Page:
Today’s post was written by Dr. Greg Bradsher, Senior Archivist at the National Archives in College Park.
Most researchers dealing with the translation of captured and seized Japanese records are familiar with the primary organizations translating those records. These would include the Pacific Military Intelligence Research Service (PACMIRS), the Allied Translator and Interpreter Section (ATIS), the Joint Intelligence Center Pacific Ocean Area (JICPOA), and the Washington Document Center (WDC). Few researchers are aware that the U.S. Navy’s relatively small intelligence unit,theFar Eastern Section, Foreign Intelligence Branch, of the Office of Naval Intelligence (OP-16-FE), located in Washington, D.C., also translated captured and seized Japanese records.
During the first six months of 1944, the Office of Naval Intelligence (ONI) received approximately 130 large cases of Japanese records from JICPOA. In addition, ONI’s Far East Section received many documents for translation from the Hydrographic Office, the Naval Research Laboratory, the various Navy bureaus, and other offices. The records included blueprints of Japanese equipment, charts, logs, war diaries, field manuals, and codebooks. The backlog of untranslated material accumulated rapidly. The Navy responded in May 1944 by ordering approximately twenty recent graduates of the Navy School of Oriental Languages (at University of Colorado at Boulder) to report for temporary duty to work on translating the materials. In September 1944, thirty more language officers, mostly WAVES (Women Accepted for Volunteer Emergency Service), were assigned to permanent duty in the Translation Unit of Far East Section of ONI (OP-16-FE). By February 1945, the unit consisted of ninety-five personnel. Even with this large staff, it was insufficient to keep up with the task of processing, translating, evaluating, and disseminating the captured Japanese records.
The Far East Section (OP-16-FE) began publishing translations on June 10, 1944. Twenty copies of these translations were distributed, with seven going to the Military Intelligence Division of the War Department, two to the Director of Naval Communications (OP-20), and one to ATIS. The number of copies distributed would increase. By the end of the year well over 100 translations had been published. By April 1945 OP-16-FE had published well over 200 translations. Given ONI’s naval interests it is not surprising that many of the translations related to Japanese naval and merchant vessels. There were translations related to warships and other craft, organization and personnel of the Japanese Imperial Navy, addresses and code addresses of naval units, naval regulations, naval construction, mine warfare, naval ordnance, and anti-submarine and aircraft defensive measures. Many of the translations related to the Japanese merchant marine and convoys including anti-submarine measures, sailing directions, and Notices to Mariners. There was even a translation relating to the German Submarine U-188 operating in the Indian Ocean.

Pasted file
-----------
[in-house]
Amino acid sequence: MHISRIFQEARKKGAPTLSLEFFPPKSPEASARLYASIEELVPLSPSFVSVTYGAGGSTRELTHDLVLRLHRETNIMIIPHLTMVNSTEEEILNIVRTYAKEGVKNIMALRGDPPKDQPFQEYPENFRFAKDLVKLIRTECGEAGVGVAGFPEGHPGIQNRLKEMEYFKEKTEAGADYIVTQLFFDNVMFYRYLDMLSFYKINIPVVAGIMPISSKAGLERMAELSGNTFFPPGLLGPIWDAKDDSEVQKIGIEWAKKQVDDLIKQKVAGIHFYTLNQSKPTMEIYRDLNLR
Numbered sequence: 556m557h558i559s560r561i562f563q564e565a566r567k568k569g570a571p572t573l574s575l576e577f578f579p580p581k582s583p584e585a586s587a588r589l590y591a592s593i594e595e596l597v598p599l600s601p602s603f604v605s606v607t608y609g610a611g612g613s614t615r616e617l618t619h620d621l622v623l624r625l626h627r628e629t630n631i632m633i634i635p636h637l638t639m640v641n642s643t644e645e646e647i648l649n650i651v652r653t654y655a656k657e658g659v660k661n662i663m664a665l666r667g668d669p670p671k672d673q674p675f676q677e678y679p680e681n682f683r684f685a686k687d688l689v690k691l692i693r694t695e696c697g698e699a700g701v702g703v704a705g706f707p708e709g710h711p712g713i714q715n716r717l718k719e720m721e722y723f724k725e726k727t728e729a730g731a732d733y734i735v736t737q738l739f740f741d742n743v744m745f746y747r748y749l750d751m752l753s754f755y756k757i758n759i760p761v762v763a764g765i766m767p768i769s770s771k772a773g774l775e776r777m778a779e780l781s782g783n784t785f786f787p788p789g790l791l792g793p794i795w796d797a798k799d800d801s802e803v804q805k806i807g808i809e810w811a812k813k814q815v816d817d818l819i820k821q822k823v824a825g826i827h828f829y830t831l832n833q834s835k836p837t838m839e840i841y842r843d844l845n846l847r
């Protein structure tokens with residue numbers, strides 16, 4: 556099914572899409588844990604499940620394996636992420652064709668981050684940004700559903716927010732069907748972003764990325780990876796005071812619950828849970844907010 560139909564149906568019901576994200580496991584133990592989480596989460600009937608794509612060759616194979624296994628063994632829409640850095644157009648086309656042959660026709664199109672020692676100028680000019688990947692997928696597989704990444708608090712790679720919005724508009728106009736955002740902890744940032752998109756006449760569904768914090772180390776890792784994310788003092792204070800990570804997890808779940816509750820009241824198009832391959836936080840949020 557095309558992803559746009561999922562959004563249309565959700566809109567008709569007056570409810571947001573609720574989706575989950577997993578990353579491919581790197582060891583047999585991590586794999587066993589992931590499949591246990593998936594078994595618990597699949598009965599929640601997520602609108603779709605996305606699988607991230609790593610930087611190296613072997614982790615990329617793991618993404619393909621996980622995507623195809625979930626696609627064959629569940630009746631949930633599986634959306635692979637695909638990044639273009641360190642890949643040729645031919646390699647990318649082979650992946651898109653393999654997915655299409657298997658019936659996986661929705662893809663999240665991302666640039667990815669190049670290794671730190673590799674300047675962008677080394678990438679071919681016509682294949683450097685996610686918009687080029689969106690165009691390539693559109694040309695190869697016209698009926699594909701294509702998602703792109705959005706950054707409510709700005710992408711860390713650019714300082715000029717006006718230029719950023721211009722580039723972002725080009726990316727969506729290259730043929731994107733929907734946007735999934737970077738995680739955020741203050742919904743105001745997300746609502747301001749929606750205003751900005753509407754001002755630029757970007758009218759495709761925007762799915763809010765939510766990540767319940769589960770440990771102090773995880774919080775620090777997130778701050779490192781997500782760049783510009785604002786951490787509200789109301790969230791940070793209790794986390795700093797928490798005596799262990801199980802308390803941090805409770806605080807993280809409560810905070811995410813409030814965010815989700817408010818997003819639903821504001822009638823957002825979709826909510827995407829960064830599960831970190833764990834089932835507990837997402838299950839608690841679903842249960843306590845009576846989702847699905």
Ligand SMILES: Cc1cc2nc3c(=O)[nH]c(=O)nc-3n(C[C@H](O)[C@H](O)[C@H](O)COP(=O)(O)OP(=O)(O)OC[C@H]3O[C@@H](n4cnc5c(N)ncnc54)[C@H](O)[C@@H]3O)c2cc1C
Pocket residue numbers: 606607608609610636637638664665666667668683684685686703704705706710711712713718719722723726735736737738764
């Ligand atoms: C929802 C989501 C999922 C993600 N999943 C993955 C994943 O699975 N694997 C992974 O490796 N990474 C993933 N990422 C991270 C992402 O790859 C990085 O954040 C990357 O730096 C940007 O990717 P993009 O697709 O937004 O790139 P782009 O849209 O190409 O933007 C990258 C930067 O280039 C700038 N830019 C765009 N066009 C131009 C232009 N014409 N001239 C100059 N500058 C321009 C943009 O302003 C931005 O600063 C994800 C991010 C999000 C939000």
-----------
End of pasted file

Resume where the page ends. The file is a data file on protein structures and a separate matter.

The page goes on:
Many of the translations related to airplanes, airfields, ordnance, and Kamikaze [Special Attack Units] operations, as well as to technical matters, including radar, echo-ranging gear, radio homing gear, direction finders, and range finders, communications equipment, and cameras and optical instruments. Numerous translations related to gasoline and gasoline additives, engines, carburetors, fuel injector systems, magnetos, oils, and greases. Weather data and forecasts and meteorological material made up a handful of translation. Japanese air defense preparations, units, equipment, procedures and activities, were the source of numerous translations. There were also translations relating to the Japanese population, including Korean residents; the Japanese character; evacuation of Japanese urban communities; railroads and transportation; factories and supplies, including supply methods, units, and shortages.
In addition, there were also translations relating to underwater obstacles for use against landing craft and amphibious tanks; poison gas warfare; disposition of Japanese forces; handling of Army secret documents; defects in the training of soldiers facing the Soviet Army; and, methods for the disposal of code books and code machines of the 3rd Southern Expeditionary Fleet. Other translations included those of Japanese documents relating to Japanese views of American strength, plans, and tactics. OP-16-FE also produced numerous translations of Japanese intelligence reports regarding Russian military matters, including military operations on the Eastern Front and at the Manchurian-Soviet border.
During the summer and fall of 1945, OP-16-FE began receiving captured records from the WDC and it was during the latter half of that year its translation work shifted dramatically to focus on occupation-related documents. During the August 25-October 1 period it published numerous translations relating to prefecture information and government officials in different parts of Japan. It also produced, during the late August-mid November period, translations related to the structure of the Japanese government and the various ministries. Also translated were documents related to the emperor and his household estates and accounts.
The translation activities of OP-16-FE trailed off after mid-November 1945. On December 13, 1945 it published a translation related to the Japanese Special Naval Police Force and on January 2, 1946 it published a list of intelligence reports issued by the Japanese Naval General Staff. Four more translations were issued in February and March and the last on April 1.